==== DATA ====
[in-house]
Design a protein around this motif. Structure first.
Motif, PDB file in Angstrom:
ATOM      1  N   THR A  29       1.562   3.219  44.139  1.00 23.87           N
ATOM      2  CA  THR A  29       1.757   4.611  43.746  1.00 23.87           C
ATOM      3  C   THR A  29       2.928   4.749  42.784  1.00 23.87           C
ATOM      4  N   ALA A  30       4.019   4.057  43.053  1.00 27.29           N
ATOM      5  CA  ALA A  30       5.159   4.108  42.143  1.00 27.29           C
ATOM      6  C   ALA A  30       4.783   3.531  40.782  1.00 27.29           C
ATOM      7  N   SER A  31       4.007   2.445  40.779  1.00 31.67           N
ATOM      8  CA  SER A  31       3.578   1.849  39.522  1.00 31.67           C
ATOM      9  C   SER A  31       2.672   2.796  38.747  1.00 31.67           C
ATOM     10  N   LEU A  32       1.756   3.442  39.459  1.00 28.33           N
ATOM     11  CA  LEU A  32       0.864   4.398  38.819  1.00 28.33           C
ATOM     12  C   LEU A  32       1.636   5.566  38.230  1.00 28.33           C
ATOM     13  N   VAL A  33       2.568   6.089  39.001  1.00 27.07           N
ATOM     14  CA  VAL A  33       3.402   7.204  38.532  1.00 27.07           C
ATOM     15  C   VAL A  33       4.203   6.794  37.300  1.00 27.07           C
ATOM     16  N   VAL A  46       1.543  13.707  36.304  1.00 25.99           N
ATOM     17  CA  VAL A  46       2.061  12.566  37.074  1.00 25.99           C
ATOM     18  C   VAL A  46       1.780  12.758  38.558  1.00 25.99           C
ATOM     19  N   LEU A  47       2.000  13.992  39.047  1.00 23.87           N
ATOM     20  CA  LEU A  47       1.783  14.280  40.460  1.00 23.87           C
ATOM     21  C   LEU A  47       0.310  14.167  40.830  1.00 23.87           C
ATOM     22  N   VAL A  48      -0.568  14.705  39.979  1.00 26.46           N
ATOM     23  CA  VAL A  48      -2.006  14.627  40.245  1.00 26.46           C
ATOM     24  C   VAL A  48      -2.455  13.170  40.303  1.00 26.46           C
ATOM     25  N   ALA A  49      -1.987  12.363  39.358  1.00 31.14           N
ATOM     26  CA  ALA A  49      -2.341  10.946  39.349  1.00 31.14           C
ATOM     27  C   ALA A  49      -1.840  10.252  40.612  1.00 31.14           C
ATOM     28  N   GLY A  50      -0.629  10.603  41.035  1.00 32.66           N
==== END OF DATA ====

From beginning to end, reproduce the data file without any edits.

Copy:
[in-house]
Design a protein around this motif. Structure first.
Motif, PDB file in Angstrom:
ATOM      1  N   THR A  29       1.562   3.219  44.139  1.00 23.87           N
ATOM      2  CA  THR A  29       1.757   4.611  43.746  1.00 23.87           C
ATOM      3  C   THR A  29       2.928   4.749  42.784  1.00 23.87           C
ATOM      4  N   ALA A  30       4.019   4.057  43.053  1.00 27.29           N
ATOM      5  CA  ALA A  30       5.159   4.108  42.143  1.00 27.29           C
ATOM      6  C   ALA A  30       4.783   3.531  40.782  1.00 27.29           C
ATOM      7  N   SER A  31       4.007   2.445  40.779  1.00 31.67           N
ATOM      8  CA  SER A  31       3.578   1.849  39.522  1.00 31.67           C
ATOM      9  C   SER A  31       2.672   2.796  38.747  1.00 31.67           C
ATOM     10  N   LEU A  32       1.756   3.442  39.459  1.00 28.33           N
ATOM     11  CA  LEU A  32       0.864   4.398  38.819  1.00 28.33           C
ATOM     12  C   LEU A  32       1.636   5.566  38.230  1.00 28.33           C
ATOM     13  N   VAL A  33       2.568   6.089  39.001  1.00 27.07           N
ATOM     14  CA  VAL A  33       3.402   7.204  38.532  1.00 27.07           C
ATOM     15  C   VAL A  33       4.203   6.794  37.300  1.00 27.07           C
ATOM     16  N   VAL A  46       1.543  13.707  36.304  1.00 25.99           N
ATOM     17  CA  VAL A  46       2.061  12.566  37.074  1.00 25.99           C
ATOM     18  C   VAL A  46       1.780  12.758  38.558  1.00 25.99           C
ATOM     19  N   LEU A  47       2.000  13.992  39.047  1.00 23.87           N
ATOM     20  CA  LEU A  47       1.783  14.280  40.460  1.00 23.87           C
ATOM     21  C   LEU A  47       0.310  14.167  40.830  1.00 23.87           C
ATOM     22  N   VAL A  48      -0.568  14.705  39.979  1.00 26.46           N
ATOM     23  CA  VAL A  48      -2.006  14.627  40.245  1.00 26.46           C
ATOM     24  C   VAL A  48      -2.455  13.170  40.303  1.00 26.46           C
ATOM     25  N   ALA A  49      -1.987  12.363  39.358  1.00 31.14           N
ATOM     26  CA  ALA A  49      -2.341  10.946  39.349  1.00 31.14           C
ATOM     27  C   ALA A  49      -1.840  10.252  40.612  1.00 31.14           C
ATOM     28  N   GLY A  50      -0.629  10.603  41.035  1.00 32.66           N